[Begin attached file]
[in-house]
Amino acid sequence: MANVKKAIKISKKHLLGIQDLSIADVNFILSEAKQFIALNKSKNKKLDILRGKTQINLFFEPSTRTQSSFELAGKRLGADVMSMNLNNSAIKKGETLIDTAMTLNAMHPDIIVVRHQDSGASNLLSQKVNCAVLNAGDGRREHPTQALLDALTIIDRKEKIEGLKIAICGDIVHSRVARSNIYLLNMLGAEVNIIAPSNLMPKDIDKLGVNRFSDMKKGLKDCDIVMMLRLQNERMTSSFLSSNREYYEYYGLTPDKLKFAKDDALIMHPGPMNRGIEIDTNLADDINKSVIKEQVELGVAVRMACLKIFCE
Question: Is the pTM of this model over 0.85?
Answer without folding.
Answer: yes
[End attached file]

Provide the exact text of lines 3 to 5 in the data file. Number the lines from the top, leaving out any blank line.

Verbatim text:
Question: Is the pTM of this model over 0.85?
Answer without folding.
Answer: yes